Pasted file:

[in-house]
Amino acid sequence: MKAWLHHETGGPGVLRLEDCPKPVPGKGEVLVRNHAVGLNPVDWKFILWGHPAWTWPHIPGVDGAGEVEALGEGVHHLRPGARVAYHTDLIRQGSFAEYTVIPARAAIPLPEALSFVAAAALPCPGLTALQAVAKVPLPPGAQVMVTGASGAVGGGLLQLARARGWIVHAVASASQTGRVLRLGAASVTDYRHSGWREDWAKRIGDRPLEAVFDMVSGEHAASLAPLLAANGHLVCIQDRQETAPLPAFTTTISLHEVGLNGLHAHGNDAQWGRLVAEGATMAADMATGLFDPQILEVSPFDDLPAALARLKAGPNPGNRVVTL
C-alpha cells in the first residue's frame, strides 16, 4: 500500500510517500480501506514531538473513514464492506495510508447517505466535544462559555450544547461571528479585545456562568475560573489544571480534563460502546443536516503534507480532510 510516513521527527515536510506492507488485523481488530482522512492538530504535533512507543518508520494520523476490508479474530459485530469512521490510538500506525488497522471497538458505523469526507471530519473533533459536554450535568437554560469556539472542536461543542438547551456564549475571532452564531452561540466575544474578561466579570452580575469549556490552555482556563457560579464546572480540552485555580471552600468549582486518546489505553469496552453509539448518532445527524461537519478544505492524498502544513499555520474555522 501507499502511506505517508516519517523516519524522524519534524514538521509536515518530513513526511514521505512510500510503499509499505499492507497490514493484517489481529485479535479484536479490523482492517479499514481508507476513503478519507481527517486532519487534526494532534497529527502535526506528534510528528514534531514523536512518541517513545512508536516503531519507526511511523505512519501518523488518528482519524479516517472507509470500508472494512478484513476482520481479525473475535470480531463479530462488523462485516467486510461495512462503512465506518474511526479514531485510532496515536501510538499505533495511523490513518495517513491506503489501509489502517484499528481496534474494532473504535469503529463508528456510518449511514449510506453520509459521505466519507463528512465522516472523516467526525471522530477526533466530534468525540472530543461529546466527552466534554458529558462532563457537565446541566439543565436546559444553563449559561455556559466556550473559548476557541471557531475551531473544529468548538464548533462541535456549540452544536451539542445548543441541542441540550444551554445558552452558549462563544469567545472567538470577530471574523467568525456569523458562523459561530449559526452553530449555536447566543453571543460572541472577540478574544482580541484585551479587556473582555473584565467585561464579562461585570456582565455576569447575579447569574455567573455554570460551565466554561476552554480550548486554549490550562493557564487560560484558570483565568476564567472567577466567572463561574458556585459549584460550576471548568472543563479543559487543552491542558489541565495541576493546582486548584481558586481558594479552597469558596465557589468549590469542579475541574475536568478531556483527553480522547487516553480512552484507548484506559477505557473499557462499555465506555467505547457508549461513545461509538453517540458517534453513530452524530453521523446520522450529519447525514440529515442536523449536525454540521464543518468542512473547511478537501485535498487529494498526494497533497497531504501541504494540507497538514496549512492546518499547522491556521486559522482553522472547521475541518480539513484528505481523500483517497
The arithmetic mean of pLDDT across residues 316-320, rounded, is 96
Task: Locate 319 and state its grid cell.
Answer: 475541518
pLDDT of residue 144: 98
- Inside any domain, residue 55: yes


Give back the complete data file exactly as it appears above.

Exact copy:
[in-house]
Amino acid sequence: MKAWLHHETGGPGVLRLEDCPKPVPGKGEVLVRNHAVGLNPVDWKFILWGHPAWTWPHIPGVDGAGEVEALGEGVHHLRPGARVAYHTDLIRQGSFAEYTVIPARAAIPLPEALSFVAAAALPCPGLTALQAVAKVPLPPGAQVMVTGASGAVGGGLLQLARARGWIVHAVASASQTGRVLRLGAASVTDYRHSGWREDWAKRIGDRPLEAVFDMVSGEHAASLAPLLAANGHLVCIQDRQETAPLPAFTTTISLHEVGLNGLHAHGNDAQWGRLVAEGATMAADMATGLFDPQILEVSPFDDLPAALARLKAGPNPGNRVVTL
C-alpha cells in the first residue's frame, strides 16, 4: 500500500510517500480501506514531538473513514464492506495510508447517505466535544462559555450544547461571528479585545456562568475560573489544571480534563460502546443536516503534507480532510 510516513521527527515536510506492507488485523481488530482522512492538530504535533512507543518508520494520523476490508479474530459485530469512521490510538500506525488497522471497538458505523469526507471530519473533533459536554450535568437554560469556539472542536461543542438547551456564549475571532452564531452561540466575544474578561466579570452580575469549556490552555482556563457560579464546572480540552485555580471552600468549582486518546489505553469496552453509539448518532445527524461537519478544505492524498502544513499555520474555522 501507499502511506505517508516519517523516519524522524519534524514538521509536515518530513513526511514521505512510500510503499509499505499492507497490514493484517489481529485479535479484536479490523482492517479499514481508507476513503478519507481527517486532519487534526494532534497529527502535526506528534510528528514534531514523536512518541517513545512508536516503531519507526511511523505512519501518523488518528482519524479516517472507509470500508472494512478484513476482520481479525473475535470480531463479530462488523462485516467486510461495512462503512465506518474511526479514531485510532496515536501510538499505533495511523490513518495517513491506503489501509489502517484499528481496534474494532473504535469503529463508528456510518449511514449510506453520509459521505466519507463528512465522516472523516467526525471522530477526533466530534468525540472530543461529546466527552466534554458529558462532563457537565446541566439543565436546559444553563449559561455556559466556550473559548476557541471557531475551531473544529468548538464548533462541535456549540452544536451539542445548543441541542441540550444551554445558552452558549462563544469567545472567538470577530471574523467568525456569523458562523459561530449559526452553530449555536447566543453571543460572541472577540478574544482580541484585551479587556473582555473584565467585561464579562461585570456582565455576569447575579447569574455567573455554570460551565466554561476552554480550548486554549490550562493557564487560560484558570483565568476564567472567577466567572463561574458556585459549584460550576471548568472543563479543559487543552491542558489541565495541576493546582486548584481558586481558594479552597469558596465557589468549590469542579475541574475536568478531556483527553480522547487516553480512552484507548484506559477505557473499557462499555465506555467505547457508549461513545461509538453517540458517534453513530452524530453521523446520522450529519447525514440529515442536523449536525454540521464543518468542512473547511478537501485535498487529494498526494497533497497531504501541504494540507497538514496549512492546518499547522491556521486559522482553522472547521475541518480539513484528505481523500483517497
The arithmetic mean of pLDDT across residues 316-320, rounded, is 96
Task: Locate 319 and state its grid cell.
Answer: 475541518
pLDDT of residue 144: 98
- Inside any domain, residue 55: yes